For Work / Against Work
Debates on the centrality of work

"The ethics of managerial subjectivity"

by Ibarra-Colado, Eduardo; Clegg, Stewart R; Rhodes, Carl; Kornberger, Martin (2006)


This paper examines ethics in organizations in relation to the subjectivity of managers. Drawing on the work of Michel Foucault we seek to theorize ethics in terms of the meaning of being a manager who is an active ethical subject. Such a manager is so in relation to the organizational structures and norms that govern the conduct of ethics. Our approach locates ethics in the relation between individual morality and organizationally prescribed principles assumed to guide personal action. In this way we see ethics as a practice that is powerfully intertwined in an individual’s freedom to make choices about what to do and who to be, and the organizational context in which those choices are situated, framed and governed.

Key Passage

Specifically, we use Foucault’s work in order to develop an understanding of ethics and management in a way that mediates between an understanding of ethics as an individual responsibility and ethics as organizationally determined. The means through which a manager acts in relation to both ethics and organizations are the central issue. Thus, in this perspective, the subjectivity of managers is located at the centre stage of ethical discussion. Subjectivity is a means through which to think of individual people not as being distinct or self-contained but as necessarily social; however a person might consider themself to be an ‘‘individual’’, such a consideration is always done in relation to others (Mansfield, 2000) and to social institutions, such as organizations. It is in this sense that we seek to theorize ethics in terms of what it means for a manager to be an active ethical subject. Being active entails managing subjectivity as an ethical enterprise in relation to organizational structures and norms. Thus, ethics are not the property of the individual, despite the organization, nor something that organizations control either formally or informally – instead they are a complex and mutually constituting relationship between the two. Foucault’s work is valuable because his concern for ethics is principally about how people constitute themselves as moral subjects of their actions (Foucault 1984d) while, at the same time, being ‘‘disciplined’’ by institutions into being particular types of people (Foucault, 1975). For Foucault ethics is a ‘‘conscious practice of freedom’’ (1984a: 284) through which people develop a notion of ‘‘self’’ that can be considered ethical. Such practice, however, is not free in the sense that it is done in the absence of constraint, but rather in the sense that the ethical self emerges in relation to (or even against) those social and organizational rules and norms which seek to determine or dictate what a person should or should not be. On this basis, our approach seeks to locate ethics in the relation between individual morality and organizationally prescribed principles assumed to guide individual action (Chan and Garrick, 2002; Kelemen and Peltonen, 2001). We argue that a complex interaction exists between these elements – an interaction through which individual managers must negotiate their own ethical conduct. The paper examines the manager as a moral subject in relation to subjectivity at work. Such an ethics involves reimagining and re-inventing the different ways in which people are self-constituted in relation to the institutions and procedures within which they operate (O’Leary, 2002).  (p.46)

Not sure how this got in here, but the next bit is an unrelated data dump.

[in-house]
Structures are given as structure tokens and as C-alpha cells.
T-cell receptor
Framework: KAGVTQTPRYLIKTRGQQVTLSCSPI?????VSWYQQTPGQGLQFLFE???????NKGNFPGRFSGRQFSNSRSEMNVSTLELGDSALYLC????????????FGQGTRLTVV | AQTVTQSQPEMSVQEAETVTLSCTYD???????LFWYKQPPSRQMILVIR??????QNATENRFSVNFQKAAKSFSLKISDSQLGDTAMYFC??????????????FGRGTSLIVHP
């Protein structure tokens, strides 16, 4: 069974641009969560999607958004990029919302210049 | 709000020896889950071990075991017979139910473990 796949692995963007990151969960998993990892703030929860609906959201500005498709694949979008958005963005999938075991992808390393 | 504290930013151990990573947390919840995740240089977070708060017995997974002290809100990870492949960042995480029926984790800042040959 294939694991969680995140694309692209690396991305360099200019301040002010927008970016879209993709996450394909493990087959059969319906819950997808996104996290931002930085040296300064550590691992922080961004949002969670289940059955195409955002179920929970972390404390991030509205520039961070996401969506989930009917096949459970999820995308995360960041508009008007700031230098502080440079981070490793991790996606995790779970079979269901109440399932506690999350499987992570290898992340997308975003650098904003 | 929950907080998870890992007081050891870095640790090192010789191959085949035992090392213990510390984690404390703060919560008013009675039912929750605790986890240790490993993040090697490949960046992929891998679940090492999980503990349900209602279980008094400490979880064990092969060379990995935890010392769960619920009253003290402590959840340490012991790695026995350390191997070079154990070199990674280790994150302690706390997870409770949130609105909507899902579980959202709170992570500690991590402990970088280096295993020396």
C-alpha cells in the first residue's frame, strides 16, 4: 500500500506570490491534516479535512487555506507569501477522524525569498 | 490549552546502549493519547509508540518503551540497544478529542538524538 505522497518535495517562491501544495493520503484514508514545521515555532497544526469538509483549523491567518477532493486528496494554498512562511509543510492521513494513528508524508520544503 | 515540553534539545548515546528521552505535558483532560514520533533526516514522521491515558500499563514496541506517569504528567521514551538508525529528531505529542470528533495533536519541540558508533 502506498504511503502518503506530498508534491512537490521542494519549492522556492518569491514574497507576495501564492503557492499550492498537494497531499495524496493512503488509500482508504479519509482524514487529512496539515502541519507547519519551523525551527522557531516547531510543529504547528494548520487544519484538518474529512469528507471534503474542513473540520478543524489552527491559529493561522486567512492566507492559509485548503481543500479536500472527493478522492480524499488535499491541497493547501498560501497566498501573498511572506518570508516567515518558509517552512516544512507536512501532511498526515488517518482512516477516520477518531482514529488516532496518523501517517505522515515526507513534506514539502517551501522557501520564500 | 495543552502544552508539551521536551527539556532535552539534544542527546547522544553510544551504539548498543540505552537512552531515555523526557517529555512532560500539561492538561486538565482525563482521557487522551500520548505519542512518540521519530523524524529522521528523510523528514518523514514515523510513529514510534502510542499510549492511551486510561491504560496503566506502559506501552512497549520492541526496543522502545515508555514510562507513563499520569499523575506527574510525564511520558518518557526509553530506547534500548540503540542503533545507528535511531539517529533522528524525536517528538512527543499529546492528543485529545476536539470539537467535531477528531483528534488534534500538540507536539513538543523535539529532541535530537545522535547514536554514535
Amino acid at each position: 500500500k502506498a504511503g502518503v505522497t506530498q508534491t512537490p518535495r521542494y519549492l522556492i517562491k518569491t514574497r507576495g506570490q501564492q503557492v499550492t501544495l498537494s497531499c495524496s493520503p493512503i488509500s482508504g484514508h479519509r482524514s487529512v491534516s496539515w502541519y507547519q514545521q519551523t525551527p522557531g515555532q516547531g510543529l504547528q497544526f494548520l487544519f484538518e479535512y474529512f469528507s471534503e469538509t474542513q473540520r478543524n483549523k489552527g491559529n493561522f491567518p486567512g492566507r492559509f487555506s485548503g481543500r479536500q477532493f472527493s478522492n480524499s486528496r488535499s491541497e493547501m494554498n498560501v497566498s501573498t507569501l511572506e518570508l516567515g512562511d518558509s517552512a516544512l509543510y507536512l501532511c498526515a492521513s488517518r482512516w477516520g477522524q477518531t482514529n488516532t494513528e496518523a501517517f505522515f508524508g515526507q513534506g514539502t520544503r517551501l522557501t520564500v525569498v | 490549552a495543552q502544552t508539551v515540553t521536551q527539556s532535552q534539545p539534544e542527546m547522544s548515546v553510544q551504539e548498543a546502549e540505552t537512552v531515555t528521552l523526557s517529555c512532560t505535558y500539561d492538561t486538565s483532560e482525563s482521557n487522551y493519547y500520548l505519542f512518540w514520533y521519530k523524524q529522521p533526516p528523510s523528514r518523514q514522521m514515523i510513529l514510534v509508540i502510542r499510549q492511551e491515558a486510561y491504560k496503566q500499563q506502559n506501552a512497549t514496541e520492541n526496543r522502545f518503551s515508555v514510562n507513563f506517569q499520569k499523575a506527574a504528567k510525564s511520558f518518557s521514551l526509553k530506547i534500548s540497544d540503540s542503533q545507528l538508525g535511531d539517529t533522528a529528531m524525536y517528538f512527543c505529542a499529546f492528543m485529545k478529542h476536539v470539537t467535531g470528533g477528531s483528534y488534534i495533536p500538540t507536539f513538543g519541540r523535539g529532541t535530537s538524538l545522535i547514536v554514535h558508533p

Foucault, Business Ethics, Managerial Subjectivity, Governing, Organisational Theory, Subjectivity, Power


On Foucault, Foucault, Critical Management Studies, Organisation and Management Studies

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